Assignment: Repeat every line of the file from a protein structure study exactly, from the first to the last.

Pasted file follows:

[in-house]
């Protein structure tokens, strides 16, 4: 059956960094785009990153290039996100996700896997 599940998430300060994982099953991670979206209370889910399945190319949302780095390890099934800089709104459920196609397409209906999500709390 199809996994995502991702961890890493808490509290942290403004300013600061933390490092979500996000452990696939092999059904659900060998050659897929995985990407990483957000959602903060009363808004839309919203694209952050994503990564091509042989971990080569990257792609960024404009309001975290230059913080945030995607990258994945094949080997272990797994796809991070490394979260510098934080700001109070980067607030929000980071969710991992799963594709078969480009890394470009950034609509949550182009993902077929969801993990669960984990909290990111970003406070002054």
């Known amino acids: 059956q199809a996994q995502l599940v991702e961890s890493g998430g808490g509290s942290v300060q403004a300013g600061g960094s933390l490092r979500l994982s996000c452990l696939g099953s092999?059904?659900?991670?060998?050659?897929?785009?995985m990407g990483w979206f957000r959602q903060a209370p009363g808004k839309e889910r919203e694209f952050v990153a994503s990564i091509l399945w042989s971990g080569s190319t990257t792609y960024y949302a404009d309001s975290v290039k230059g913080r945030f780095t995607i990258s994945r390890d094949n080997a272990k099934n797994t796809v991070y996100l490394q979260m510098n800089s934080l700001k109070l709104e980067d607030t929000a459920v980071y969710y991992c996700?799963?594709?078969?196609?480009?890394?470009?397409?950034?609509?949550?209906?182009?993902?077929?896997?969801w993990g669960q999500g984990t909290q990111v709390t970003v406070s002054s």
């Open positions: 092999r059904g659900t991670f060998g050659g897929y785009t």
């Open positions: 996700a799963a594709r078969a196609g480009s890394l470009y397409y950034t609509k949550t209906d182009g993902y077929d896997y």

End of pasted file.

[in-house]
């Protein structure tokens, strides 16, 4: 059956960094785009990153290039996100996700896997 599940998430300060994982099953991670979206209370889910399945190319949302780095390890099934800089709104459920196609397409209906999500709390 199809996994995502991702961890890493808490509290942290403004300013600061933390490092979500996000452990696939092999059904659900060998050659897929995985990407990483957000959602903060009363808004839309919203694209952050994503990564091509042989971990080569990257792609960024404009309001975290230059913080945030995607990258994945094949080997272990797994796809991070490394979260510098934080700001109070980067607030929000980071969710991992799963594709078969480009890394470009950034609509949550182009993902077929969801993990669960984990909290990111970003406070002054």
């Known amino acids: 059956q199809a996994q995502l599940v991702e961890s890493g998430g808490g509290s942290v300060q403004a300013g600061g960094s933390l490092r979500l994982s996000c452990l696939g099953s092999?059904?659900?991670?060998?050659?897929?785009?995985m990407g990483w979206f957000r959602q903060a209370p009363g808004k839309e889910r919203e694209f952050v990153a994503s990564i091509l399945w042989s971990g080569s190319t990257t792609y960024y949302a404009d309001s975290v290039k230059g913080r945030f780095t995607i990258s994945r390890d094949n080997a272990k099934n797994t796809v991070y996100l490394q979260m510098n800089s934080l700001k109070l709104e980067d607030t929000a459920v980071y969710y991992c996700?799963?594709?078969?196609?480009?890394?470009?397409?950034?609509?949550?209906?182009?993902?077929?896997?969801w993990g669960q999500g984990t909290q990111v709390t970003v406070s002054s």
């Open positions: 092999r059904g659900t991670f060998g050659g897929y785009t």
């Open positions: 996700a799963a594709r078969a196609g480009s890394l470009y397409y950034t609509k949550t209906d182009g993902y077929d896997y």